“Ehud did not pull the sword out, and the fat closed in over it.” (Judges 3:22)
Boris Johnson has declared “war on obesity”, with measures including banning junk food discounts, supermarket promotions and ads before 9pm.
Experts believe that, if successful, it will help people live longer, reduce deaths from coronavirus and save the NHS £100 million. But if we turn to the Book of Judges, we find an even more stark example in our own Bible.
One of the lesser known ‘baddies’ is Eglon, the King of Moab, who
oppressed the Children of Israel for 18 years. The story starts around the 12th century BCE, soon after the entry to the Promised Land (Canaan) under the leadership of Joshua.
In accord with Biblical theology, the Book of Judges relates that soon after the conquest, the children of Israel forgot about God and the society became both weak and corrupt.
As a result, the Israelites were defeated and ruled over by Eglon. Realising the folly of their ways, they repented and God sent a ‘judge’ named Ehud to defeat the oppressor.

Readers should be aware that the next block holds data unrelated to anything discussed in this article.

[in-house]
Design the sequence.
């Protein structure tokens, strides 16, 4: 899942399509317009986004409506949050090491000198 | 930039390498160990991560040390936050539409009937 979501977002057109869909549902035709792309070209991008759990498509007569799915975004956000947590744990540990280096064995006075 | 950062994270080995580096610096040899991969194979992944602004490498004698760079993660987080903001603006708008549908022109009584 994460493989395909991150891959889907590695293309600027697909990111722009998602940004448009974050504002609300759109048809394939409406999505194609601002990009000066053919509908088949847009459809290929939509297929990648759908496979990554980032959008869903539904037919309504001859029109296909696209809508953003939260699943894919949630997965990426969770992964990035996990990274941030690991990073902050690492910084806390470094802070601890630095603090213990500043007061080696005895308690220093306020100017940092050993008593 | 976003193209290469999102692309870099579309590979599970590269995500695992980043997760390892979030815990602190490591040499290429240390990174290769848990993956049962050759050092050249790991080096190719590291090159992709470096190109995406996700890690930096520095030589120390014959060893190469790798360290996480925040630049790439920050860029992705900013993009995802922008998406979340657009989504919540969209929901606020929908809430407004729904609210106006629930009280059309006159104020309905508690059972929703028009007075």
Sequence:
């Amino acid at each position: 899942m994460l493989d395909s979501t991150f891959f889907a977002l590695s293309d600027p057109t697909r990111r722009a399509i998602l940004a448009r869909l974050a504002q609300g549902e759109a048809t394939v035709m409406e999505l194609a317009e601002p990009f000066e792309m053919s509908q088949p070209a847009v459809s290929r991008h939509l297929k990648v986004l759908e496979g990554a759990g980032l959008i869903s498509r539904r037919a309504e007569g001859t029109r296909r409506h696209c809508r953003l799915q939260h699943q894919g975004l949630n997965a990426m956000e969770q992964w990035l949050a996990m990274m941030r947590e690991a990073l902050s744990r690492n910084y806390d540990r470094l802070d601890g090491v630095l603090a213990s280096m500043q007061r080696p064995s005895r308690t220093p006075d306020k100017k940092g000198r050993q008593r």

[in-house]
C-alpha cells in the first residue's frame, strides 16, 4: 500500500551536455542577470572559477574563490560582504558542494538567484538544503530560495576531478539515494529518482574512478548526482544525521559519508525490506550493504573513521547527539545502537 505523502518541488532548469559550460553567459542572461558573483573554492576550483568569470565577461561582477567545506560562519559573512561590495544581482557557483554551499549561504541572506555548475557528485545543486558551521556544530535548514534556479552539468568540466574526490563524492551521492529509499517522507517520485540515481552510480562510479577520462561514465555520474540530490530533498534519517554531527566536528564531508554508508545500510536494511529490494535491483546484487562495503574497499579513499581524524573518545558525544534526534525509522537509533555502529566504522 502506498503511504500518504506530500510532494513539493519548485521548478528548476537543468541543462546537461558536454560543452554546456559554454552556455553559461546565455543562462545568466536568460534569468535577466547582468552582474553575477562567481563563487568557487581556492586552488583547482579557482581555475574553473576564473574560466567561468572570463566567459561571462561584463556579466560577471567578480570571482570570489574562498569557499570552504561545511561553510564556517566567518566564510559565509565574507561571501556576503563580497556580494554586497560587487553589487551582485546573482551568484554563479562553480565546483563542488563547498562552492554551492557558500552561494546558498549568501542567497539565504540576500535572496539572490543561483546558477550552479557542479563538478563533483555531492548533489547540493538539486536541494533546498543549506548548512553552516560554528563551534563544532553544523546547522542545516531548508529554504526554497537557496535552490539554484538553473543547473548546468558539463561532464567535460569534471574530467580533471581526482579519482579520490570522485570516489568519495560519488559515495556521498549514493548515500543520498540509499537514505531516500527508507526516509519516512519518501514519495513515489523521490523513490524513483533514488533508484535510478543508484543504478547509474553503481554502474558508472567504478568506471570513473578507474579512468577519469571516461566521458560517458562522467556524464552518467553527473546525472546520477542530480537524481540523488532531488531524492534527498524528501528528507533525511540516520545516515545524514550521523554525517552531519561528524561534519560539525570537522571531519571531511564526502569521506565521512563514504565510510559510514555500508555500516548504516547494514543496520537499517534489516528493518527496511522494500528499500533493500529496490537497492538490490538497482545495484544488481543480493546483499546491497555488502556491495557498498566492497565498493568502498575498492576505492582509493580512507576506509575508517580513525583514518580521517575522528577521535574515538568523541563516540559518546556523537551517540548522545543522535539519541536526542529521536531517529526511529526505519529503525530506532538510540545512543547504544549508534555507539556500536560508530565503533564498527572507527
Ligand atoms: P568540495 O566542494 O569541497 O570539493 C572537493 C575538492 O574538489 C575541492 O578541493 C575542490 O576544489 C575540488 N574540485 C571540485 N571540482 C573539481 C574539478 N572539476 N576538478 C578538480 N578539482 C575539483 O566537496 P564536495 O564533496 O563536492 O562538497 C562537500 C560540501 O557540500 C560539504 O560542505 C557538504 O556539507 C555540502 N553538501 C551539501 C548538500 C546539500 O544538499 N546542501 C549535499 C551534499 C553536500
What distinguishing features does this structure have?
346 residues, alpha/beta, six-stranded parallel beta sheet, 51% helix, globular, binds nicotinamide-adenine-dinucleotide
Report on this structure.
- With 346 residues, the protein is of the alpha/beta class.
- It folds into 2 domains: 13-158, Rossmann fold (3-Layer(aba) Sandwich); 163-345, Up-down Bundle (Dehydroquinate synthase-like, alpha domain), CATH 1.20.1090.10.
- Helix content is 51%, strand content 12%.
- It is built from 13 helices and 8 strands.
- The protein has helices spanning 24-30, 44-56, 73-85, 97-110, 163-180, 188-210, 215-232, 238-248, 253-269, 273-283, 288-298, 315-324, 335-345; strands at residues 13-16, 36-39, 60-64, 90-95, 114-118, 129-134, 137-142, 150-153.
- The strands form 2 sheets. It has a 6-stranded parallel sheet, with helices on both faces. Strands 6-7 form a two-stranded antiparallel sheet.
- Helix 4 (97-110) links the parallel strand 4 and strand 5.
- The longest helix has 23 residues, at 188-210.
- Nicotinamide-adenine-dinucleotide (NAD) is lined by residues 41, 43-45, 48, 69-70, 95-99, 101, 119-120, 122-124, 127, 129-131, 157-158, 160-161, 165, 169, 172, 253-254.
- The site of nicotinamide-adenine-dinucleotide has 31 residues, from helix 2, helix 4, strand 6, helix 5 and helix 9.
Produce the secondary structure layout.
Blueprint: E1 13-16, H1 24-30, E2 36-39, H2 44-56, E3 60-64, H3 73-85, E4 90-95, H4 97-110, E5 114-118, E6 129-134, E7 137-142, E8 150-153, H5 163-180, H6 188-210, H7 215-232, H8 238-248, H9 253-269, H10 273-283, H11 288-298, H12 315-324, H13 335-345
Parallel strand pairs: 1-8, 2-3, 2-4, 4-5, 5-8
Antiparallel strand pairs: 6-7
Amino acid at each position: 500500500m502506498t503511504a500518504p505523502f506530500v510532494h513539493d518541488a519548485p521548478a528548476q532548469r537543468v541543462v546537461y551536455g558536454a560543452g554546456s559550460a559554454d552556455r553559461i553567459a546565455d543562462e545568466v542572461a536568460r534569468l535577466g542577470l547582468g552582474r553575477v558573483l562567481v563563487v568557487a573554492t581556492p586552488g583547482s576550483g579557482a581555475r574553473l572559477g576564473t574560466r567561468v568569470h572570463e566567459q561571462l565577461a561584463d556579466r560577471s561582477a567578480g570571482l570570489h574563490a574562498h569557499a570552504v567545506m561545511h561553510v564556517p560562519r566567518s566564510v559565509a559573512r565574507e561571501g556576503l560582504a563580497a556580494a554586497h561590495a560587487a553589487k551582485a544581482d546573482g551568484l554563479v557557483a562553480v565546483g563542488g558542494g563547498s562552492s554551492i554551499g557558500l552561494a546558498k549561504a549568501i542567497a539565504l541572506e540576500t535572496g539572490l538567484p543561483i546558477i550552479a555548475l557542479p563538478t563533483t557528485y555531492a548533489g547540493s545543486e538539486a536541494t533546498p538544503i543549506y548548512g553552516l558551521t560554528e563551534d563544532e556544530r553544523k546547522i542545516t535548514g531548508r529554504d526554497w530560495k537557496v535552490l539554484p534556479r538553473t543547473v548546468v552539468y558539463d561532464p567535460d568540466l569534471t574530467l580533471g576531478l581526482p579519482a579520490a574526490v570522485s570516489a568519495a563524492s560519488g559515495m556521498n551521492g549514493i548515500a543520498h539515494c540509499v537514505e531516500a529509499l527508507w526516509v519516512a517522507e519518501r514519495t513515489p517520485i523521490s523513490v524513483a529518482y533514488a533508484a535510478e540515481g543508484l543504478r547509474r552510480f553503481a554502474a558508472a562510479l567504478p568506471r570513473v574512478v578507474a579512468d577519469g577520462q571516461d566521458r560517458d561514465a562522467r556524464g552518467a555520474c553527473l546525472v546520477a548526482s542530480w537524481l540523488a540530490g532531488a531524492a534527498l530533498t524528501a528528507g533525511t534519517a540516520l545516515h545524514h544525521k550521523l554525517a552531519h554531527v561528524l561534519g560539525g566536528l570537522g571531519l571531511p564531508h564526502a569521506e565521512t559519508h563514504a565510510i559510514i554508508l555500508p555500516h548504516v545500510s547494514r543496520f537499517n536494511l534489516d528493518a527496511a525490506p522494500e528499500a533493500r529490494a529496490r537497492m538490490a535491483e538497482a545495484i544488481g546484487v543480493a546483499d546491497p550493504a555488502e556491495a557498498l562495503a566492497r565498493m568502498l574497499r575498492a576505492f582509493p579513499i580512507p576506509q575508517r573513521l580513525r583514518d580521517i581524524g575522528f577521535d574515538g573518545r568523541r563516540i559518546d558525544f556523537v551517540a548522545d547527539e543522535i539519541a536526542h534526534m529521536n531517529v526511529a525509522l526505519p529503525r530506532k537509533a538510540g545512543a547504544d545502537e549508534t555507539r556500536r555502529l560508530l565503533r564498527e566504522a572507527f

Very unusually for a Biblical character, Eglon is described as “‘very fat: obese”. Malnutrition was very common in the ancient world, so Eglon’s obesity may imply that he was a glutton, feasting while his subjects nearly starved.
When Ehud tells him: “I have a message from God to you” and stabs him in the stomach, it seems a fitting punishment. The Bible then recounts that because the sword was covered by the fat of his belly, it could not
be drawn out and the king then had
a slow, painful death.
This might not be what our PM has in mind, but it’s a clear warning from an earlier time about the dangers of gluttony and obesity.
- Rabbi Danny Rich is a vice president of Liberal Judaism